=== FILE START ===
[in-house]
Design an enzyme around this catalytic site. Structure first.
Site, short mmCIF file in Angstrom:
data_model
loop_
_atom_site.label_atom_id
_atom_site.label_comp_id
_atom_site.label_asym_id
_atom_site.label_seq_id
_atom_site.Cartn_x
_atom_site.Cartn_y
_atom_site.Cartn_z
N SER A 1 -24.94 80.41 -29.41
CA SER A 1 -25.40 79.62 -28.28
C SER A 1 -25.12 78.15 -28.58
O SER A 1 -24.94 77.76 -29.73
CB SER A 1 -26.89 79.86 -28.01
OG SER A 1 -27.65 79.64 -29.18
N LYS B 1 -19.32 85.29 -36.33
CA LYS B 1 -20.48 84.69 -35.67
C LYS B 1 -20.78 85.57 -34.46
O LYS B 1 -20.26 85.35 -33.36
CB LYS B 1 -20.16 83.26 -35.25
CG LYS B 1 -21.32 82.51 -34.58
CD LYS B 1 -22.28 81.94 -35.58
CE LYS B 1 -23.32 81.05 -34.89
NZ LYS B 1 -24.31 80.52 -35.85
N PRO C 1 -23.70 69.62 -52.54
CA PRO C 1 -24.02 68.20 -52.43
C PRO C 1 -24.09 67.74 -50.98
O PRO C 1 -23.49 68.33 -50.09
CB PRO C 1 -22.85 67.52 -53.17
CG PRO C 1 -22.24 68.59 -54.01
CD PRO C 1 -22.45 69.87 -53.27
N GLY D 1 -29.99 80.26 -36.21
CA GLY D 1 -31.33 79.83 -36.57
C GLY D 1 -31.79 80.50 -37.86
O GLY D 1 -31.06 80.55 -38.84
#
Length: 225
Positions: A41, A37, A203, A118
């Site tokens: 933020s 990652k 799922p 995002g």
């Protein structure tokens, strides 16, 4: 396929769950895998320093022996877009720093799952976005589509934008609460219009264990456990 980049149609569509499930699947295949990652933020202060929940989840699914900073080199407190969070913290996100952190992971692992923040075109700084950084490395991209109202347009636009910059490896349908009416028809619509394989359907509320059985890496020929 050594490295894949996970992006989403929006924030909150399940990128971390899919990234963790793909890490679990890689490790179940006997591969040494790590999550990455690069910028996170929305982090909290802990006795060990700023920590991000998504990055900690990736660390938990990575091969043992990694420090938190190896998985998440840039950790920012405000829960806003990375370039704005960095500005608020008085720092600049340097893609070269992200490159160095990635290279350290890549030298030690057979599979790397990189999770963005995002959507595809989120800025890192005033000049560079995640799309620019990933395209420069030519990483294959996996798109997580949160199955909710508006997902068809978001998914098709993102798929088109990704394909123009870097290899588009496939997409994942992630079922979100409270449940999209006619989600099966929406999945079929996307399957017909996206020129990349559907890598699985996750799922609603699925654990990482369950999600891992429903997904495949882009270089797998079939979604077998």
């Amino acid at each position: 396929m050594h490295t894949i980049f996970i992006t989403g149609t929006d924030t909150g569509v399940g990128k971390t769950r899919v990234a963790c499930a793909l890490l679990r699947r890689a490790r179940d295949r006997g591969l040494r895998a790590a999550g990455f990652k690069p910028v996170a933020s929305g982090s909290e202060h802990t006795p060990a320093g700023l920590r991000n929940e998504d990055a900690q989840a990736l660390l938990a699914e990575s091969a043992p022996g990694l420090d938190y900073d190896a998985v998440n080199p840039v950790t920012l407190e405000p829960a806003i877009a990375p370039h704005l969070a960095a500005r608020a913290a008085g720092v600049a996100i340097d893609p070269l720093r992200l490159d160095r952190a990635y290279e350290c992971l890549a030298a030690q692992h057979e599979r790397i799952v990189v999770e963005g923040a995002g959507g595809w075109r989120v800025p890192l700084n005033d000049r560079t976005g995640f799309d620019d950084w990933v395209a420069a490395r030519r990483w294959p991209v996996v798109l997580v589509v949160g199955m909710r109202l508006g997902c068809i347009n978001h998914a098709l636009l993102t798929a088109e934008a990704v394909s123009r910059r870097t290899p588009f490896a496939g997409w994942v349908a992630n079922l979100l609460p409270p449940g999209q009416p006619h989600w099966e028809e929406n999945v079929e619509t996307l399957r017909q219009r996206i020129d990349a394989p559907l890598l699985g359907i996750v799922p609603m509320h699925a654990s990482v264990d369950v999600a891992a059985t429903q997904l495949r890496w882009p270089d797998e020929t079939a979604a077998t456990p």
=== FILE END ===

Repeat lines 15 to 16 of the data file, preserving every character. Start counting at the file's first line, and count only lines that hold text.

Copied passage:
C SER A 1 -25.12 78.15 -28.58
O SER A 1 -24.94 77.76 -29.73